Don’t Ask Don’t Tell Repeal Waiting For The Final Signature

President Obama’s signature is expected on the bill the Senate just sent his way. Saturday saw the Senate vote to repeal the Don’t Ask Don’t Tell (DADT) law. Now President Obama’s signature is the only thing standing in the way of gay soldiers being able to openly serve in the military. According to White House press secretary Robert Gibbs, President Obama will sign the bill, making it a new law.

Defense Secretary Robert Gates pledges to hold discussions with chiefs of all the military branches before any changes are made. It is hoped the process will be completed in a couple of months, and until the entire changeover process is completed, DADT will remain in effect. However, it would be very surprising if anyone were discharged from the military for being gay during this time.

The speed in which the bill was passed was necessary amid several fears. First, there was a threat of a more conservative incoming Congress preventing the law from being repealed. Second, advocates for the repeal of DADT pledged to use the court system to wage their challenges to the rule. There was great apprehension that should that happen, the DADT law would me changed very abruptly as opposed to proceeding along a longer schedule of implementation.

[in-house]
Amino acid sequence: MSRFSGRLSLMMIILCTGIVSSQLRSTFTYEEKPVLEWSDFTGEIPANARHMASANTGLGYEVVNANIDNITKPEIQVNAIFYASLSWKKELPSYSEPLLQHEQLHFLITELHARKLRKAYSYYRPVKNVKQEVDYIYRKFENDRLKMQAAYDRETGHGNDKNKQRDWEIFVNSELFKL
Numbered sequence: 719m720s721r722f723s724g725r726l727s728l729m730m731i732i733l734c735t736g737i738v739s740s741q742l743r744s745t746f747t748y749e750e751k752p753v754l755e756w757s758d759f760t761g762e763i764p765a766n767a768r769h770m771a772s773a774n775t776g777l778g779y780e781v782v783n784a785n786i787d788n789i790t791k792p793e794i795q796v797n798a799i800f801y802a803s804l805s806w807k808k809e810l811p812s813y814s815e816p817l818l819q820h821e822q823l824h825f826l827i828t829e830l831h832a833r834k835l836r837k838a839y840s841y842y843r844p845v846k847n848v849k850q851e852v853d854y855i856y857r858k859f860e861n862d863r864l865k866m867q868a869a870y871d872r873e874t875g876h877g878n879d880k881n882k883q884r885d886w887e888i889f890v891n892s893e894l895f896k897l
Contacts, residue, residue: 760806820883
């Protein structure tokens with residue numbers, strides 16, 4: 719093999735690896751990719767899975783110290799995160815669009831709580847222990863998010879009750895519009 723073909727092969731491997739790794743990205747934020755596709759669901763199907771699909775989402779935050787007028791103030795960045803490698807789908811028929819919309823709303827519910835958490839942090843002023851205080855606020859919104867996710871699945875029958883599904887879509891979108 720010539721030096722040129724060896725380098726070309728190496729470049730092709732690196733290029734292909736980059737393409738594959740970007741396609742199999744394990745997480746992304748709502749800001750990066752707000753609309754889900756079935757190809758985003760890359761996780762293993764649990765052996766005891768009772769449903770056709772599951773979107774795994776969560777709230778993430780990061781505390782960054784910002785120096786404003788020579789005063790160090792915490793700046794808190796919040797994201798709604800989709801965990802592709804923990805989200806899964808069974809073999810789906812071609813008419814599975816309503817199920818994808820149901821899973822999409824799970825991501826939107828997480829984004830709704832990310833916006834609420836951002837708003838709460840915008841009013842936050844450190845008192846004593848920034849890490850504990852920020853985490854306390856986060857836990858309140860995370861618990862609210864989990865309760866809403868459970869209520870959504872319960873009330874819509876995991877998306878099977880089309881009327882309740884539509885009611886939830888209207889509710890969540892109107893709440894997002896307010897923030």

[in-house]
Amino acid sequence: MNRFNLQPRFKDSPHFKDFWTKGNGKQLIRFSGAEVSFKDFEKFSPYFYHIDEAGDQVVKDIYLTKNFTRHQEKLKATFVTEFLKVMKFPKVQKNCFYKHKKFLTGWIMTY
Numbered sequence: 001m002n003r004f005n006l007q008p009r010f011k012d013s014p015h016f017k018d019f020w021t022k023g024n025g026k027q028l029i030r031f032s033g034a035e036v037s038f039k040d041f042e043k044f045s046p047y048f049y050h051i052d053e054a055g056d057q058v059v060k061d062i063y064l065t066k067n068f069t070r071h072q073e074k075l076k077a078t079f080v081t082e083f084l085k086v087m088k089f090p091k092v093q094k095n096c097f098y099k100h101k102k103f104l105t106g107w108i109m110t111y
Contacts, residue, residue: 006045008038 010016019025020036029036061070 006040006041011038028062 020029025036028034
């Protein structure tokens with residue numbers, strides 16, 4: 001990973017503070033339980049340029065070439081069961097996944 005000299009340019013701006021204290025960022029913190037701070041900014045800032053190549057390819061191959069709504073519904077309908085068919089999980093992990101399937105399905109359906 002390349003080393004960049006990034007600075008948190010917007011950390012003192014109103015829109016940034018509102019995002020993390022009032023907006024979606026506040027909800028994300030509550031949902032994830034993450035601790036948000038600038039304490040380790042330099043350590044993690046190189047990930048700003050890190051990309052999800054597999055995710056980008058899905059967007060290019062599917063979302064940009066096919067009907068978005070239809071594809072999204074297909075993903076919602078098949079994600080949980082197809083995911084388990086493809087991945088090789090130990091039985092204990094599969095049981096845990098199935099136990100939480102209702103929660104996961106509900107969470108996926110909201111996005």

The vote was largely Republican opposed, as was expected. Republicans believe  the timing of the repeal is ill-fated and will negatively affect the military given the focus being put on deployed troops overseas. The bottom line, however, is that these men and women are risking their lives for this country, and should be treated accordingly.

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